Community Dialogue- Integrative governance of water sensitive urban design

Submitted by Olivia Allen | published 15th Mar 2023 | last updated 19th Apr 2023
Friday, 31 March, 2023 - 14:00 to 15:00 (Europe/Amsterdam)

About the Community Dialogue

Every 1-2 months the Water Adaptation Community Facilitators host an informal meeting for knowledge sharing, guided by a short presentation, which frames up solutions or good practices for mainstreaming water adaptation.

Register for this meeting here.


  • 10-minute presentation

  • 40 minutes of group dialogue (Participants- bring questions related to your water adaptation challenges, or share complementary good practice, or innovative ideas in the discussion)

  • 10 minutes of updates and opportunites from the Water Adaptation Community Facilitator 


About the Presentation:

Andile Moale MSc in Global Environment and Sustainability will present outcomes from her her thesis research project "Integrative governance of water sensitive urban design – a framework" to start our learning and discussion.

Water Sensitive Urban Design (WSUD) is a sub domain of Integrated Water Resources Management and is focused specifically on water sensitive management in urban areas. With that, factors such as engineering, urban planning and high rates of population growth become important for resilience building. As water management issues require collaboration among multiple industries, the governance of this resource often falls short as tradeoffs need to be made. The question that this study aims to answer is whether an actionable framework for WSUD can be created and implemented in various cities around the world?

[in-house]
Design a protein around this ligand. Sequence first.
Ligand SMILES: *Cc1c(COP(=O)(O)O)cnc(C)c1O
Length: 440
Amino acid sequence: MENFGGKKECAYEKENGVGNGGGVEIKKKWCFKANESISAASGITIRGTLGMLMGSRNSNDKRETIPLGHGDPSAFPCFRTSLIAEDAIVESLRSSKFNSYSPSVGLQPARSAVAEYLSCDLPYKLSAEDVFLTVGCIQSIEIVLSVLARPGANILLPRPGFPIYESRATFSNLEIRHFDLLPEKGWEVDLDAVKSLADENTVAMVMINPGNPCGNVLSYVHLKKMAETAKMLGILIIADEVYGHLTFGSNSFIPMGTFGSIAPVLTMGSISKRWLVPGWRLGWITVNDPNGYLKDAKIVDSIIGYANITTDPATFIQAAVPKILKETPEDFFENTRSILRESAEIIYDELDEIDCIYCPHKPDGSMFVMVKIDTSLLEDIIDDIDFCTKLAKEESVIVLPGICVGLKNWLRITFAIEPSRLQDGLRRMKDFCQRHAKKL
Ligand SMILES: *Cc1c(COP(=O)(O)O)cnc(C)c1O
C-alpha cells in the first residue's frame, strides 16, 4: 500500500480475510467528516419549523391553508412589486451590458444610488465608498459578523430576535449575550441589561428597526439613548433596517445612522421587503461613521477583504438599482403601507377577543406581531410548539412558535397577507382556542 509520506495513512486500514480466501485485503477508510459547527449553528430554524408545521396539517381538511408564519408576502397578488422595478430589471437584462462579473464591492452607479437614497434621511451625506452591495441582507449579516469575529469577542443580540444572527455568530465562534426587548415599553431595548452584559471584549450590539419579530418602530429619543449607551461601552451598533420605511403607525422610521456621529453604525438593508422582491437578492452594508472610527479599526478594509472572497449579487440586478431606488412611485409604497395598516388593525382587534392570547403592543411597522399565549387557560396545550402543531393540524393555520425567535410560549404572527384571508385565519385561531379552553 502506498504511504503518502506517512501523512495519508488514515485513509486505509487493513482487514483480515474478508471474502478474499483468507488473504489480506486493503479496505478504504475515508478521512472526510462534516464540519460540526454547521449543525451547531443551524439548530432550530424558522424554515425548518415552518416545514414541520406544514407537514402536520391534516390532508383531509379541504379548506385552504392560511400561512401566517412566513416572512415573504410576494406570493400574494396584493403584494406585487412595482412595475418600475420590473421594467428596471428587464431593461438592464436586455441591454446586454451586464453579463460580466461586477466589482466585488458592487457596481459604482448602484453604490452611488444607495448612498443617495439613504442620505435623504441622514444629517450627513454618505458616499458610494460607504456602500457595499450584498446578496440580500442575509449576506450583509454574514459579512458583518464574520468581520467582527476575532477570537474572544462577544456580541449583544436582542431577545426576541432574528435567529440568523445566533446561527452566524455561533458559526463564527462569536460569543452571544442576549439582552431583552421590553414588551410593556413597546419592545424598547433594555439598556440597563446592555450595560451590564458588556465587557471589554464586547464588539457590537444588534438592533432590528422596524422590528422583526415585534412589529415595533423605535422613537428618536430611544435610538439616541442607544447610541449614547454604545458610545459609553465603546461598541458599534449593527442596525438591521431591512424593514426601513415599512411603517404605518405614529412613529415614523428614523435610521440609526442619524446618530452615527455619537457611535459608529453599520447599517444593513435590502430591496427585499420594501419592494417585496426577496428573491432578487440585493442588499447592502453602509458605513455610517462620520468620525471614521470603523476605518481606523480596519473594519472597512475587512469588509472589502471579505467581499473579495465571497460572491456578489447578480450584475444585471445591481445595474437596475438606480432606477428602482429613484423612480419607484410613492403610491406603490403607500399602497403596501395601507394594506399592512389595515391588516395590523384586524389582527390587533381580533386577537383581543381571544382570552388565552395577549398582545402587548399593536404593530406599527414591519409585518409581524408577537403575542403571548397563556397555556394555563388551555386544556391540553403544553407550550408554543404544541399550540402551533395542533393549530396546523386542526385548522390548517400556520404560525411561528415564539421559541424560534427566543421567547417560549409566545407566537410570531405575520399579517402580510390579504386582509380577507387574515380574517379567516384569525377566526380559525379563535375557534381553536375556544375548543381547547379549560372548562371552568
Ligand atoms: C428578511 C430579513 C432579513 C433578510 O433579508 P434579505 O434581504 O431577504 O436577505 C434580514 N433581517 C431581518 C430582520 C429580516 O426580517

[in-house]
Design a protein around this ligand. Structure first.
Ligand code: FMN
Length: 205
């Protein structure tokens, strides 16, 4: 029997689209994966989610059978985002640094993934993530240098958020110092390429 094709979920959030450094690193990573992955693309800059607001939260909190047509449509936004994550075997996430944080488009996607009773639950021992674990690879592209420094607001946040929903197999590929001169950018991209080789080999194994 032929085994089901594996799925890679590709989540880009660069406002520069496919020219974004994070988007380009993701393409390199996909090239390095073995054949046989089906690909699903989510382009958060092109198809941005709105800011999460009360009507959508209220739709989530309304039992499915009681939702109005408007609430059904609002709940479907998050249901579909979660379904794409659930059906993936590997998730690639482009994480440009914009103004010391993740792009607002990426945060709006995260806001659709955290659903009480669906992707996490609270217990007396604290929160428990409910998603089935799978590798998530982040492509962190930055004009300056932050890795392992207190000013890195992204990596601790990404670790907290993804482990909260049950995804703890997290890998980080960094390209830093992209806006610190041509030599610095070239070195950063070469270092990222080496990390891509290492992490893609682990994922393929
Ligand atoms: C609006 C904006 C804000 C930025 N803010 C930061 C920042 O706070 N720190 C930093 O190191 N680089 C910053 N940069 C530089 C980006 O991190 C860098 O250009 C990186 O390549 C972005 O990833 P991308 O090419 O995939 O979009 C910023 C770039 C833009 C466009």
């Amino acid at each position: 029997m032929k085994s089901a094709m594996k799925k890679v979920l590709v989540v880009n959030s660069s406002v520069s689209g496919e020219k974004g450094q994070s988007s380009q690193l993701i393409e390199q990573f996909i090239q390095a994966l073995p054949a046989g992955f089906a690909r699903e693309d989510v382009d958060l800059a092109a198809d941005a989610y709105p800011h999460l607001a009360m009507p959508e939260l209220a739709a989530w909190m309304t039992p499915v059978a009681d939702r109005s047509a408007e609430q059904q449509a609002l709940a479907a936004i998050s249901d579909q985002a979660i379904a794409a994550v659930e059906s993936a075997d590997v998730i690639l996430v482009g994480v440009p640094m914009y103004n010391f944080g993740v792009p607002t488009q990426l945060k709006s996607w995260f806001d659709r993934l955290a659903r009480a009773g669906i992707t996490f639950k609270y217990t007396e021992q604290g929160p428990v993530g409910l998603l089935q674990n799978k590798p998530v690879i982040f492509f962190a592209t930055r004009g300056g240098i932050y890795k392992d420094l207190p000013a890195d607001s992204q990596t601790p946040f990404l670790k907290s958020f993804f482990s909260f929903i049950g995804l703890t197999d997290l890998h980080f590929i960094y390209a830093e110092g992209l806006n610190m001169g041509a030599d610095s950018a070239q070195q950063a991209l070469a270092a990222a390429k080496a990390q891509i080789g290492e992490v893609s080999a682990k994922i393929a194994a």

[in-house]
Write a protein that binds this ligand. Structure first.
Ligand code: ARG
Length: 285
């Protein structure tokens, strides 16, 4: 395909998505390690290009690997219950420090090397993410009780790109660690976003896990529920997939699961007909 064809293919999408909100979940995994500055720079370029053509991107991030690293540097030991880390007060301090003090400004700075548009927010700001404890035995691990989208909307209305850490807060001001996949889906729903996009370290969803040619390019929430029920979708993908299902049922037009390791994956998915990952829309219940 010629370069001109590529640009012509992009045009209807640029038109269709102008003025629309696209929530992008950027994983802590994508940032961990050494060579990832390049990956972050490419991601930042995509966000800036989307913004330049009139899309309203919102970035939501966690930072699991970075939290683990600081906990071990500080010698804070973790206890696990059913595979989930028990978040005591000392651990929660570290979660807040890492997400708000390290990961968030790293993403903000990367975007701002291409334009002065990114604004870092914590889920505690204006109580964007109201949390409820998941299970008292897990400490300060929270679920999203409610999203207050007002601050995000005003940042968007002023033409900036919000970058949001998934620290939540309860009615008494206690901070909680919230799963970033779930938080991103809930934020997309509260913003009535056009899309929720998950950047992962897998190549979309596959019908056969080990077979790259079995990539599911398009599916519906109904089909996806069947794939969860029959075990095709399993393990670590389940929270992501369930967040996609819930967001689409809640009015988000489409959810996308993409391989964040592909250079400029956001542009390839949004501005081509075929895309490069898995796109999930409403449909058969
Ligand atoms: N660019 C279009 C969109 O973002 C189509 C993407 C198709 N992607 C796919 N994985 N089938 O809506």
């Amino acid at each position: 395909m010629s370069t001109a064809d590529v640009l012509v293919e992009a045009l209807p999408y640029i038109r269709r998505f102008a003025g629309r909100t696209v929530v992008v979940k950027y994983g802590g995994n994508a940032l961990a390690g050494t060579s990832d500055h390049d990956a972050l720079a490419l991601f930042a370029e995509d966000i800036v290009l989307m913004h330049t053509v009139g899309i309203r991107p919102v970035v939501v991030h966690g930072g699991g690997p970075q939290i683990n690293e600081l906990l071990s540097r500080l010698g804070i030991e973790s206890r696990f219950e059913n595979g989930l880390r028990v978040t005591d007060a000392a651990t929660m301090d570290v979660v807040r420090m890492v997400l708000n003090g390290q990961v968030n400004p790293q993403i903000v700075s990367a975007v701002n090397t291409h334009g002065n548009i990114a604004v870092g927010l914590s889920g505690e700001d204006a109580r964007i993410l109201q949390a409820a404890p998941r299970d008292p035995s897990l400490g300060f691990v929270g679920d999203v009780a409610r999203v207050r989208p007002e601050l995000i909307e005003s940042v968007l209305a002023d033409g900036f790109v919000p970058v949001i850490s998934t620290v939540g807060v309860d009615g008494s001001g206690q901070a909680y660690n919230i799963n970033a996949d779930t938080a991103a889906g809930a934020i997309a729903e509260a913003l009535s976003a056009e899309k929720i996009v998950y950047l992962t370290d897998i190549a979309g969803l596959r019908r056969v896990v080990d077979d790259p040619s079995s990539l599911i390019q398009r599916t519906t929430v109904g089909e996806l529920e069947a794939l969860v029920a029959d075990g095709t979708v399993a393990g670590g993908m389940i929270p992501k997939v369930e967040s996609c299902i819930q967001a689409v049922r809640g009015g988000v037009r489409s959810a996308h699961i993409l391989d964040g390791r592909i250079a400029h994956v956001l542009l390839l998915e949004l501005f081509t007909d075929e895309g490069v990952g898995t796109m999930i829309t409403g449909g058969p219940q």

To answer this question, the best practices that have improved WSUD in Melbourne and Dhaka are studies, with the goal of identifying barriers and conditions for WSUD. Melbourne’s policies have increasingly incorporated water cycle systems into urban management and Dhaka’s policies have slowly incorporated integrated water management since the 1980’s.  

Through the policy arrangement approach, the discourses, actors, legislation, and resources that facilitate or hinder WSUD are studied to understand how best to govern this resource. One of the main facilitators are the development of a shared vision among multiple actors in various sectors. This can be done through collaboration and steering by the state. Implementation capacity needs to be created through prescriptive rules and performance-based standards, and financial viability must be strengthened. By the decentralization of implementation, multi-level network potential is created, and this improves action. Community engagement and behavioral internalization are also a factor. The conclusions made in this research suggest that implementation is a challenging factor in WSUD and can be improved through a good regulatory approach which offers and must consist of binding policy, which also offers consistency but allows room for flexibility to accommodate various changing, local contexts. Due to a high likelihood of uncertainty, regulation of this kind must also offer a high level of guidance and that should be done through a lead agency for coordination. Assessment tools along with clear and detailed guidelines on implementation can achieve broader livability objectives. Frameworks for policies tend to be complex and this makes it hard to create a one-size-fits all approach. Frameworks need to be structured in a way that is supported by implementation tools, without which the policy framework may not be effective. 

Register for this meeting here.